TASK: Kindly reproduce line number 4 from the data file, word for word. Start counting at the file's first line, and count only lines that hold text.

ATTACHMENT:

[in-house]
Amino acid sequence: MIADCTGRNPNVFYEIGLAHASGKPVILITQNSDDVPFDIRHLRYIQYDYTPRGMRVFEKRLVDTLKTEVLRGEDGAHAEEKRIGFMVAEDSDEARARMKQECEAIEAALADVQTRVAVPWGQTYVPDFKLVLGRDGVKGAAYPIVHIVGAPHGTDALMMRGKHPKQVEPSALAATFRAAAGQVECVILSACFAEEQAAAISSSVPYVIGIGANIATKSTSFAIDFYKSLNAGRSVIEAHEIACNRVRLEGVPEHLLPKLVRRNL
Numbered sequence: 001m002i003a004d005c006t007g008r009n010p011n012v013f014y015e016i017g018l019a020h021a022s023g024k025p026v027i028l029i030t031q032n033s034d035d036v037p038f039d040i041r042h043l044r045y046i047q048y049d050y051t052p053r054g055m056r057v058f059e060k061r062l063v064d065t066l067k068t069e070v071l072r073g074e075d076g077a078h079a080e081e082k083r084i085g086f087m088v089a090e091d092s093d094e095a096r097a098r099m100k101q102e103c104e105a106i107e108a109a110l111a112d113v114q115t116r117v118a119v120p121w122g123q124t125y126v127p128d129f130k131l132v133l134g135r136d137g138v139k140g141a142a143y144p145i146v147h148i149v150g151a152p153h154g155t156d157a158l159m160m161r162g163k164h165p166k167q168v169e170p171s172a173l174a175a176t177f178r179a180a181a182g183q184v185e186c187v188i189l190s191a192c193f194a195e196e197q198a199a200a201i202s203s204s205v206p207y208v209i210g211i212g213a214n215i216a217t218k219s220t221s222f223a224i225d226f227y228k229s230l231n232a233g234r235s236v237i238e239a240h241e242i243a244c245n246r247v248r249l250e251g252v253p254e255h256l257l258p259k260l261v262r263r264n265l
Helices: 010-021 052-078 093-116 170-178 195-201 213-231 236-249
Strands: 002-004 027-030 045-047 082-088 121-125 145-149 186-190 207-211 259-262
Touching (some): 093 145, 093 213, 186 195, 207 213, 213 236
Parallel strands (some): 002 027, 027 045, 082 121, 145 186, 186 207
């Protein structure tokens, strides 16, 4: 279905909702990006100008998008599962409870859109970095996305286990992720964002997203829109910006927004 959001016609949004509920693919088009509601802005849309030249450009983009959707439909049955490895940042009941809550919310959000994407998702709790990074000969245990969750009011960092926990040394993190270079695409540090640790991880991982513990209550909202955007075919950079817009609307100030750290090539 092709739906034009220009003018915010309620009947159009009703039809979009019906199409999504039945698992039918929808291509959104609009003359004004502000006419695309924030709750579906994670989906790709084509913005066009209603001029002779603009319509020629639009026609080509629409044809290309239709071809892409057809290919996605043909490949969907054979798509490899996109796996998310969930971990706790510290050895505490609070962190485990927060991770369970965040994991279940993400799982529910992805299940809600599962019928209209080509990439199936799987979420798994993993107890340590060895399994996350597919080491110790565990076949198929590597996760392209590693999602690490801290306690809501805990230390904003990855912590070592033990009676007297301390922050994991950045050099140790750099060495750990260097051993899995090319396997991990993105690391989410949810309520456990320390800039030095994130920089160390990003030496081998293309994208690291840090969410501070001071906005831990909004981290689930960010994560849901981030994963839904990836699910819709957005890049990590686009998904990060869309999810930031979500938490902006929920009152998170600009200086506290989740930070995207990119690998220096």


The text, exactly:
Helices: 010-021 052-078 093-116 170-178 195-201 213-231 236-249